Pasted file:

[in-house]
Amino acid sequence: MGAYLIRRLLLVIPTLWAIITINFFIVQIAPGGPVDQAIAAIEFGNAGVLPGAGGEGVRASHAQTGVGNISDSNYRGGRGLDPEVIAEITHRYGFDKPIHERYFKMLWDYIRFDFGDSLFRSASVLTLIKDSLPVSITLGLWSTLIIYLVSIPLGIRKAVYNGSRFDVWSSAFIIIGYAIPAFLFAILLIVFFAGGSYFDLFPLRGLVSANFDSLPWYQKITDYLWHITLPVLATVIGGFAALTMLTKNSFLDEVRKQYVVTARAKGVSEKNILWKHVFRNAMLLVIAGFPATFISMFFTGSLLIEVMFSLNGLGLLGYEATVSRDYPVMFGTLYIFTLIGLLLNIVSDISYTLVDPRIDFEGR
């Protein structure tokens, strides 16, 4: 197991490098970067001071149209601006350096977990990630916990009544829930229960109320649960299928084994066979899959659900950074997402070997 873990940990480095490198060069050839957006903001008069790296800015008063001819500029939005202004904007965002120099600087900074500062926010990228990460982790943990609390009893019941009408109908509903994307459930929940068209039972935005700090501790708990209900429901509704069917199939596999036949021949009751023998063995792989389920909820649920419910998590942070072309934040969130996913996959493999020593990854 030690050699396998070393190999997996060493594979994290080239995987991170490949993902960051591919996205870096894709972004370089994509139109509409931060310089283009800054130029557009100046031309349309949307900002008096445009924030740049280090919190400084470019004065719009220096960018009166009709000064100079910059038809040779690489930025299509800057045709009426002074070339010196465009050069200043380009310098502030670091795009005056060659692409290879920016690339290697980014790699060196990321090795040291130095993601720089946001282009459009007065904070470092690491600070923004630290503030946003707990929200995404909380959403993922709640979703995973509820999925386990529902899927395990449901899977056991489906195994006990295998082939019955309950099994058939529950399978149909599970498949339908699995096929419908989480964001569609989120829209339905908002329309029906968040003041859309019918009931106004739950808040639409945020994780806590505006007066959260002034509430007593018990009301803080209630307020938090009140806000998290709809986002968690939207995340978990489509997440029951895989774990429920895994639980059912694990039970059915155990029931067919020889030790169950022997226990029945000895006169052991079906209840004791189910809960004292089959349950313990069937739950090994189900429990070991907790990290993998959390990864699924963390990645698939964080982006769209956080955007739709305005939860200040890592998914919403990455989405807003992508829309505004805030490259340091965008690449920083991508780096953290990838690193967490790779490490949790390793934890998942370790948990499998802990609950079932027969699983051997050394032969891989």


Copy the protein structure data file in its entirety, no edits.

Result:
[in-house]
Amino acid sequence: MGAYLIRRLLLVIPTLWAIITINFFIVQIAPGGPVDQAIAAIEFGNAGVLPGAGGEGVRASHAQTGVGNISDSNYRGGRGLDPEVIAEITHRYGFDKPIHERYFKMLWDYIRFDFGDSLFRSASVLTLIKDSLPVSITLGLWSTLIIYLVSIPLGIRKAVYNGSRFDVWSSAFIIIGYAIPAFLFAILLIVFFAGGSYFDLFPLRGLVSANFDSLPWYQKITDYLWHITLPVLATVIGGFAALTMLTKNSFLDEVRKQYVVTARAKGVSEKNILWKHVFRNAMLLVIAGFPATFISMFFTGSLLIEVMFSLNGLGLLGYEATVSRDYPVMFGTLYIFTLIGLLLNIVSDISYTLVDPRIDFEGR
């Protein structure tokens, strides 16, 4: 197991490098970067001071149209601006350096977990990630916990009544829930229960109320649960299928084994066979899959659900950074997402070997 873990940990480095490198060069050839957006903001008069790296800015008063001819500029939005202004904007965002120099600087900074500062926010990228990460982790943990609390009893019941009408109908509903994307459930929940068209039972935005700090501790708990209900429901509704069917199939596999036949021949009751023998063995792989389920909820649920419910998590942070072309934040969130996913996959493999020593990854 030690050699396998070393190999997996060493594979994290080239995987991170490949993902960051591919996205870096894709972004370089994509139109509409931060310089283009800054130029557009100046031309349309949307900002008096445009924030740049280090919190400084470019004065719009220096960018009166009709000064100079910059038809040779690489930025299509800057045709009426002074070339010196465009050069200043380009310098502030670091795009005056060659692409290879920016690339290697980014790699060196990321090795040291130095993601720089946001282009459009007065904070470092690491600070923004630290503030946003707990929200995404909380959403993922709640979703995973509820999925386990529902899927395990449901899977056991489906195994006990295998082939019955309950099994058939529950399978149909599970498949339908699995096929419908989480964001569609989120829209339905908002329309029906968040003041859309019918009931106004739950808040639409945020994780806590505006007066959260002034509430007593018990009301803080209630307020938090009140806000998290709809986002968690939207995340978990489509997440029951895989774990429920895994639980059912694990039970059915155990029931067919020889030790169950022997226990029945000895006169052991079906209840004791189910809960004292089959349950313990069937739950090994189900429990070991907790990290993998959390990864699924963390990645698939964080982006769209956080955007739709305005939860200040890592998914919403990455989405807003992508829309505004805030490259340091965008690449920083991508780096953290990838690193967490790779490490949790390793934890998942370790948990499998802990609950079932027969699983051997050394032969891989």